MS mail problems
From: firstname.lastname@example.org (Abby Franquemont-Guillory)
Subject: Re: MS mail vs. Unix mail
A number of other problems with MS Mail:
1. No enclosures possible through gateways -- enclosures in the
gateways almost invariably result in looped mail being delivered
again and again every 2 minutes or so until all the servers crash
and burn and you have to dump lots of unidentifiable stuff from
2. Money. It costs a lot more money. Everything needs a gateway
component, and they're all expensive.
3. Limitation on the number of users you can have per post office
-- after about 250 it starts to croak.
4. Problems with address books, address list synchronization, mail
delivery, and failed mail result in enormous amounts of user
confusion, despite the kind of pretty GUI. Figure half of your
help desk's time (literally, no kidding) will be spent on MS
5. Remote client cannot connect at any speed higher than 2400 baud.
6. Multiple post offices are a nightmare, and become necessary as
soon as you hit the 250-user mark.
7. All user mail is stored in one single encrypted file, called the
MMF, which is easily corrupted if users do not manage their mail
with care. Once corruption reaches one portion of the MMF, which
is also much larger than a plaintext file would be, there is no
saving the file and archived mail is lost.
8. SMTP gateways are about as far as you can get from compliance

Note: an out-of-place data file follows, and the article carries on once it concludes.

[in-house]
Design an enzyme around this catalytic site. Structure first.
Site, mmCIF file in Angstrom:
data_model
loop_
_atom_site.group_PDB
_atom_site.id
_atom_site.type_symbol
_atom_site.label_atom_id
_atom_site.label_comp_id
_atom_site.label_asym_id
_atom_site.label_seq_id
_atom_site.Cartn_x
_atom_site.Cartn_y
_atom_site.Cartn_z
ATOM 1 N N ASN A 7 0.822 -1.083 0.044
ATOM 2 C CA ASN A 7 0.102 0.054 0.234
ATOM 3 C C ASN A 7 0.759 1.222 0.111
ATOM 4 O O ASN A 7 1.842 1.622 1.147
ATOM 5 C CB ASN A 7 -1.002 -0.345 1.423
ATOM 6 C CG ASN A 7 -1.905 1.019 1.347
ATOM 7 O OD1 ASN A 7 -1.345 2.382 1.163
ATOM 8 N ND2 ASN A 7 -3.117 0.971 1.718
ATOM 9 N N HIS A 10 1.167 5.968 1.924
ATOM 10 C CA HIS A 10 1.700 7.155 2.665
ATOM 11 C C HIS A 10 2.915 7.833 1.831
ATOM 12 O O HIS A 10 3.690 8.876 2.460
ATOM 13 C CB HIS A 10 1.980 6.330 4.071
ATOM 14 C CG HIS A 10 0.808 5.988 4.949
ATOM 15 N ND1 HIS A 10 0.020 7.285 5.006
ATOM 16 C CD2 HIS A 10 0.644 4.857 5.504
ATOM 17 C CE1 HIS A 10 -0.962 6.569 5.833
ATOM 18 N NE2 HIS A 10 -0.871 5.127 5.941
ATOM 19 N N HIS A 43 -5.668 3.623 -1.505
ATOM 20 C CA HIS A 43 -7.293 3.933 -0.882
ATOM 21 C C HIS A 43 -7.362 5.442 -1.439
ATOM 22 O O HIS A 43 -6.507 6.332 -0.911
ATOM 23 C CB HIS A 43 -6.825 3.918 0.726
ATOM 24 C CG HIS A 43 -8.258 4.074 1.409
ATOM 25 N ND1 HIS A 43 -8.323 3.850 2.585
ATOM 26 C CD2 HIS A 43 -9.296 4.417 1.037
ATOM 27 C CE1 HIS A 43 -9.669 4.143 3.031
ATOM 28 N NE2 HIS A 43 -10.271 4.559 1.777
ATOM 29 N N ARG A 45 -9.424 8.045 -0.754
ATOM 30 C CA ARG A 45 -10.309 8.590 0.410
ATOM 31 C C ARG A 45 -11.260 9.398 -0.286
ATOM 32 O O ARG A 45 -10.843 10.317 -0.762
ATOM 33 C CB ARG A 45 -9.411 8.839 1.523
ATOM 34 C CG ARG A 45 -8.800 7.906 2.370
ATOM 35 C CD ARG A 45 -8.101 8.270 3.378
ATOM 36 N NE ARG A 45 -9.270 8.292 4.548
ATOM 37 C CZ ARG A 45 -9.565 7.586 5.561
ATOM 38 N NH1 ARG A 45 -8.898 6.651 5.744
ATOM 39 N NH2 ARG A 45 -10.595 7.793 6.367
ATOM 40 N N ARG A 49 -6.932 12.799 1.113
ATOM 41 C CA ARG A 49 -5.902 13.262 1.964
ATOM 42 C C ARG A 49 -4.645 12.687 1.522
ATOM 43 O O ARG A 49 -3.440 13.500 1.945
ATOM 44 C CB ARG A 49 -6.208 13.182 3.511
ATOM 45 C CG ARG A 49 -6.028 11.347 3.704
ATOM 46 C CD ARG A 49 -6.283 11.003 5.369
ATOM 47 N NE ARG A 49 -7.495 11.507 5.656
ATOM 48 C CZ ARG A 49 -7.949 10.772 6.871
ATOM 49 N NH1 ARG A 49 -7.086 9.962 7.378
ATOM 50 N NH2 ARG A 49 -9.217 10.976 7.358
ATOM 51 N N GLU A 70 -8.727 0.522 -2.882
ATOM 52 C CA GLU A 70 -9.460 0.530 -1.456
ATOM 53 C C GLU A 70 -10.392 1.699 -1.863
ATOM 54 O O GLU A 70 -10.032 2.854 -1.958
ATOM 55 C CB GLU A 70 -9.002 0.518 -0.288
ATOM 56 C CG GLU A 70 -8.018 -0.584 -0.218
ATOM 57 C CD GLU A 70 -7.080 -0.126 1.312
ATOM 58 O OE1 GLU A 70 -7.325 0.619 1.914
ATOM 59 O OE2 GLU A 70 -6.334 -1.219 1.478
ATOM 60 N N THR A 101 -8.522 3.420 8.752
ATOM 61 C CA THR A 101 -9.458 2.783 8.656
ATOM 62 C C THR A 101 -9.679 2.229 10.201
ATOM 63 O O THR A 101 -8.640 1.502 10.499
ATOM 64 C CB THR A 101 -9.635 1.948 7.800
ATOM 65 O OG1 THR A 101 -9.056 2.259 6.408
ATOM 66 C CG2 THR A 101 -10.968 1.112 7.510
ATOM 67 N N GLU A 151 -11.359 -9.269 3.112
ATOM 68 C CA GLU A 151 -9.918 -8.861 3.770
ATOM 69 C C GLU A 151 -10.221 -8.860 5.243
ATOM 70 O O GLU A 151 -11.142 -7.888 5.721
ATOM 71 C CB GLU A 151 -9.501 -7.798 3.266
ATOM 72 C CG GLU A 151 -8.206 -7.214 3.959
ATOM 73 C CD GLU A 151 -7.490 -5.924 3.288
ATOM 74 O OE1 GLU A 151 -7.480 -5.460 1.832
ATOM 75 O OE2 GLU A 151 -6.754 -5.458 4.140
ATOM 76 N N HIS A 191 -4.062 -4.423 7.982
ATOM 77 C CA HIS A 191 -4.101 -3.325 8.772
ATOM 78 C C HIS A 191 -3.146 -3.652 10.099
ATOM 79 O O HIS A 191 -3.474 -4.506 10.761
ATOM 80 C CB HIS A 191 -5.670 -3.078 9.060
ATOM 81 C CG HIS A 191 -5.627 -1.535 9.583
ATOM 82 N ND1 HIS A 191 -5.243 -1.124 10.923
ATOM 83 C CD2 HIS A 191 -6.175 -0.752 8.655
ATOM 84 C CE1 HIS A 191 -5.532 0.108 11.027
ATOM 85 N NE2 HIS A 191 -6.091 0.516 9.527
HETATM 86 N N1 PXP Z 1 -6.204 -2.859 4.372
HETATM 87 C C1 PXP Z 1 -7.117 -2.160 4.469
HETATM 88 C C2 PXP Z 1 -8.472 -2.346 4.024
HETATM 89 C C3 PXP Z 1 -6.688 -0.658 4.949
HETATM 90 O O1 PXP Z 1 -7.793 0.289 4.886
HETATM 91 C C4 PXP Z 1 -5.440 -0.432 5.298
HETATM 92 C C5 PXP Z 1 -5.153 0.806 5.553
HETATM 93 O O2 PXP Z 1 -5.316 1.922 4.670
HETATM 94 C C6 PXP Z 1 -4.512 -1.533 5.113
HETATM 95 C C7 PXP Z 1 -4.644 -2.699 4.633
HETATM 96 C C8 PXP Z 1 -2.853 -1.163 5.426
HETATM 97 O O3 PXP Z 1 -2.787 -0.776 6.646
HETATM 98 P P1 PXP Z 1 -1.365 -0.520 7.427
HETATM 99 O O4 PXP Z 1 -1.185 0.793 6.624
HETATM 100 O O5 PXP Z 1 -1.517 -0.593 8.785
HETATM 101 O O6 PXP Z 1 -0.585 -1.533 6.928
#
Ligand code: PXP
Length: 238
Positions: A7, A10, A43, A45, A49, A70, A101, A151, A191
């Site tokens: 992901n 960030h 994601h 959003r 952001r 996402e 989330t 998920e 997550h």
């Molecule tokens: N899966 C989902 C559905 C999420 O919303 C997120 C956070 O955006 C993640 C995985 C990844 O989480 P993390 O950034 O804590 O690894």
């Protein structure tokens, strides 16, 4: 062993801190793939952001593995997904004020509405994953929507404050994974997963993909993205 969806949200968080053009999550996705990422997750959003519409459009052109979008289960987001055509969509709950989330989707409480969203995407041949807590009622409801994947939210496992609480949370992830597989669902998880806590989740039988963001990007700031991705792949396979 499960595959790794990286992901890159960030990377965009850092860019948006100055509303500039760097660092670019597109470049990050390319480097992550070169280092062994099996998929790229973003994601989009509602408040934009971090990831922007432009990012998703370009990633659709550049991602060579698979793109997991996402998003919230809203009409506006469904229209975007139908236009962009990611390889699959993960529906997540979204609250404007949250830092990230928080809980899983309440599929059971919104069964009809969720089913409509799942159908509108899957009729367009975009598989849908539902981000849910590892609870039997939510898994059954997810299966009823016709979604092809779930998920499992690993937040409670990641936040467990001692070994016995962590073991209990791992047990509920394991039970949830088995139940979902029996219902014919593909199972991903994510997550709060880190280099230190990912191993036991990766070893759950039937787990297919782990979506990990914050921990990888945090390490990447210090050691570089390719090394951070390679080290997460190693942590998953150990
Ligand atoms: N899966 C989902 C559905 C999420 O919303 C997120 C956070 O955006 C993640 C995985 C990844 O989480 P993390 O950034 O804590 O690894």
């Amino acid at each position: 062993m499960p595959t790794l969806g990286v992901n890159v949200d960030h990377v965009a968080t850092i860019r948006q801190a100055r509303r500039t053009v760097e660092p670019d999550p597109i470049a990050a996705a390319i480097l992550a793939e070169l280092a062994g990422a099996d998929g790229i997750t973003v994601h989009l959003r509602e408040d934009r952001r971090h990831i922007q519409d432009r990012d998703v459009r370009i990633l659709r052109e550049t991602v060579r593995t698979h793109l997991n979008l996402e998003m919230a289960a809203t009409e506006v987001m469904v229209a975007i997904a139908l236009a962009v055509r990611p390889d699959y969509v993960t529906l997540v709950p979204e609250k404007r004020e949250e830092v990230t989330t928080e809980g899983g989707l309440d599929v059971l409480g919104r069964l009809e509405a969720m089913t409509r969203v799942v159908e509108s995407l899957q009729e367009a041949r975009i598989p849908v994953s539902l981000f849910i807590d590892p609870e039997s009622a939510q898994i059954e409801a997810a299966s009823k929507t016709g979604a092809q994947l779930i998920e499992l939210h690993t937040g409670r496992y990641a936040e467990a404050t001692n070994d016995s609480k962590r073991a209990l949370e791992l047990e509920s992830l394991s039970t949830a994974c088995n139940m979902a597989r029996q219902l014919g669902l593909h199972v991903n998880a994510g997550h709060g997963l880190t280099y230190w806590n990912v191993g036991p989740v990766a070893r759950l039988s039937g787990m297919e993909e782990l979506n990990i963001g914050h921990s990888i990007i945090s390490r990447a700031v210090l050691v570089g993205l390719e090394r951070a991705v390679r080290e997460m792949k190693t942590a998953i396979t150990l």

with RFC 822 and still pretend to think about it.
9. SMTP gateways have a tendency to reformat mail for no particular
reason as well as truncating it for no reason, splitting it into
several parts, failing to talk properly with sendmail, queuing
mail without notifying anyone, crashing, and throwing everything
into the bit bucket.
10. MS support sucks green monkey dicks.
11. Remote client does not adequately support very many different types
of modems, and I have never seen it actually work with a PCMCIA
modem, which diminishes its usefulness if you've got people travelling
12. It's a nightmare to deal with situations like a user who has a PC in
the office and a laptop they take on the road, and they want to have
all their mail all the time.
13. Requires gateway components (expensive) to work cross-platform.
14. Client is far clunkier than most POP clients.
15. Personal address books store all addresses ever sent to, including
local addresses in the global address list, resulting in enormous
problems if local users ever have their addresses changed, or removed,
which frankly is unavoidable.
16. Did I say no MIME support?
17. Makes you look like an idiot when you're sending mail to people on
the Internet who actually use *real* mailers.
18. Will leave your entire support staff sobbing in anguish, until they
all quit, except for the ones who refuse to come back from lunch.
I spent two years responsible for an MS Mail system, and I assure you, I know
whereof I speak, exactly whereof I speak, oh yes, indeed I do. And when all
was said and done, after 2 years of campaigning to get a better mail package,
the entire company eventually agreed with me and started to work on converting
to a POP mail solution.
Abby Franquemont-Guillory | Infamous Devil's Advocate
email@example.com | "En ingles, como se dice la palabra brown?"
firstname.lastname@example.org | Tezcat -- su internet mas emocionante.
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